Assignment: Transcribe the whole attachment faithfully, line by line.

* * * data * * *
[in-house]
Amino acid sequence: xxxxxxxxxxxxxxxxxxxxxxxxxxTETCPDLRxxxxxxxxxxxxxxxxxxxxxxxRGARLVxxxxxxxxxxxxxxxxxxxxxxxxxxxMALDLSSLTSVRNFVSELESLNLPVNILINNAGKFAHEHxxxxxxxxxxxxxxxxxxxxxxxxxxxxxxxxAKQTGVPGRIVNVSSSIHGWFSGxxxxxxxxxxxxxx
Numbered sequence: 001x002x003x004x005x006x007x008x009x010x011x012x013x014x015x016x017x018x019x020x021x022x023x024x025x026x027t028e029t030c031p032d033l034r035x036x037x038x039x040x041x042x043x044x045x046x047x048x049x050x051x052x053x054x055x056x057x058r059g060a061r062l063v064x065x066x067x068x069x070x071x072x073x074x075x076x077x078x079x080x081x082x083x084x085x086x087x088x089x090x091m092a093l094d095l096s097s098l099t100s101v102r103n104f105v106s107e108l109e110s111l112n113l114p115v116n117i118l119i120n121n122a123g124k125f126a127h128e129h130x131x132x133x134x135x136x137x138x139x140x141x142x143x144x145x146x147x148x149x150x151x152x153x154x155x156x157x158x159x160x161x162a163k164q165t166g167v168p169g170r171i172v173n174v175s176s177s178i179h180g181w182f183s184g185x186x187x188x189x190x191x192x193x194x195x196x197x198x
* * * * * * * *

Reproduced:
[in-house]
Amino acid sequence: xxxxxxxxxxxxxxxxxxxxxxxxxxTETCPDLRxxxxxxxxxxxxxxxxxxxxxxxRGARLVxxxxxxxxxxxxxxxxxxxxxxxxxxxMALDLSSLTSVRNFVSELESLNLPVNILINNAGKFAHEHxxxxxxxxxxxxxxxxxxxxxxxxxxxxxxxxAKQTGVPGRIVNVSSSIHGWFSGxxxxxxxxxxxxxx
Numbered sequence: 001x002x003x004x005x006x007x008x009x010x011x012x013x014x015x016x017x018x019x020x021x022x023x024x025x026x027t028e029t030c031p032d033l034r035x036x037x038x039x040x041x042x043x044x045x046x047x048x049x050x051x052x053x054x055x056x057x058r059g060a061r062l063v064x065x066x067x068x069x070x071x072x073x074x075x076x077x078x079x080x081x082x083x084x085x086x087x088x089x090x091m092a093l094d095l096s097s098l099t100s101v102r103n104f105v106s107e108l109e110s111l112n113l114p115v116n117i118l119i120n121n122a123g124k125f126a127h128e129h130x131x132x133x134x135x136x137x138x139x140x141x142x143x144x145x146x147x148x149x150x151x152x153x154x155x156x157x158x159x160x161x162a163k164q165t166g167v168p169g170r171i172v173n174v175s176s177s178i179h180g181w182f183s184g185x186x187x188x189x190x191x192x193x194x195x196x197x198x